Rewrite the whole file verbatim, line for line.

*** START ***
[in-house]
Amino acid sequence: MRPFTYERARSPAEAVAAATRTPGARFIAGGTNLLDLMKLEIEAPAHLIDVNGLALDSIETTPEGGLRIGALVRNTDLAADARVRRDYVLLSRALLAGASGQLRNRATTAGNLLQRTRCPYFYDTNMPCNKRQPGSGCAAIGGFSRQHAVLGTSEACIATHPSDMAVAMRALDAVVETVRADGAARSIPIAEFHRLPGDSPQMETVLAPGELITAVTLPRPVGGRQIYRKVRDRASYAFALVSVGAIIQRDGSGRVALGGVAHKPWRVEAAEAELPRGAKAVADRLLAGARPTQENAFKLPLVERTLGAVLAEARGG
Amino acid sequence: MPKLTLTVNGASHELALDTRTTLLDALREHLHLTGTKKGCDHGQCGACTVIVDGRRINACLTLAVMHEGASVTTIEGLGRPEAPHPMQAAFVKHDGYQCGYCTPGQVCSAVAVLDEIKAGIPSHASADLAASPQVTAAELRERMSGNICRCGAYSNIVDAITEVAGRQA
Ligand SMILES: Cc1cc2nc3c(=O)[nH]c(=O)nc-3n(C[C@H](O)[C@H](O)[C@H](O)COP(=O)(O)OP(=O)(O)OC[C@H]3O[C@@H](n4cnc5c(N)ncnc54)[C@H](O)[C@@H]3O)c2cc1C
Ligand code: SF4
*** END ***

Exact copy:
[in-house]
Amino acid sequence: MRPFTYERARSPAEAVAAATRTPGARFIAGGTNLLDLMKLEIEAPAHLIDVNGLALDSIETTPEGGLRIGALVRNTDLAADARVRRDYVLLSRALLAGASGQLRNRATTAGNLLQRTRCPYFYDTNMPCNKRQPGSGCAAIGGFSRQHAVLGTSEACIATHPSDMAVAMRALDAVVETVRADGAARSIPIAEFHRLPGDSPQMETVLAPGELITAVTLPRPVGGRQIYRKVRDRASYAFALVSVGAIIQRDGSGRVALGGVAHKPWRVEAAEAELPRGAKAVADRLLAGARPTQENAFKLPLVERTLGAVLAEARGG
Amino acid sequence: MPKLTLTVNGASHELALDTRTTLLDALREHLHLTGTKKGCDHGQCGACTVIVDGRRINACLTLAVMHEGASVTTIEGLGRPEAPHPMQAAFVKHDGYQCGYCTPGQVCSAVAVLDEIKAGIPSHASADLAASPQVTAAELRERMSGNICRCGAYSNIVDAITEVAGRQA
Ligand SMILES: Cc1cc2nc3c(=O)[nH]c(=O)nc-3n(C[C@H](O)[C@H](O)[C@H](O)COP(=O)(O)OP(=O)(O)OC[C@H]3O[C@@H](n4cnc5c(N)ncnc54)[C@H](O)[C@@H]3O)c2cc1C
Ligand code: SF4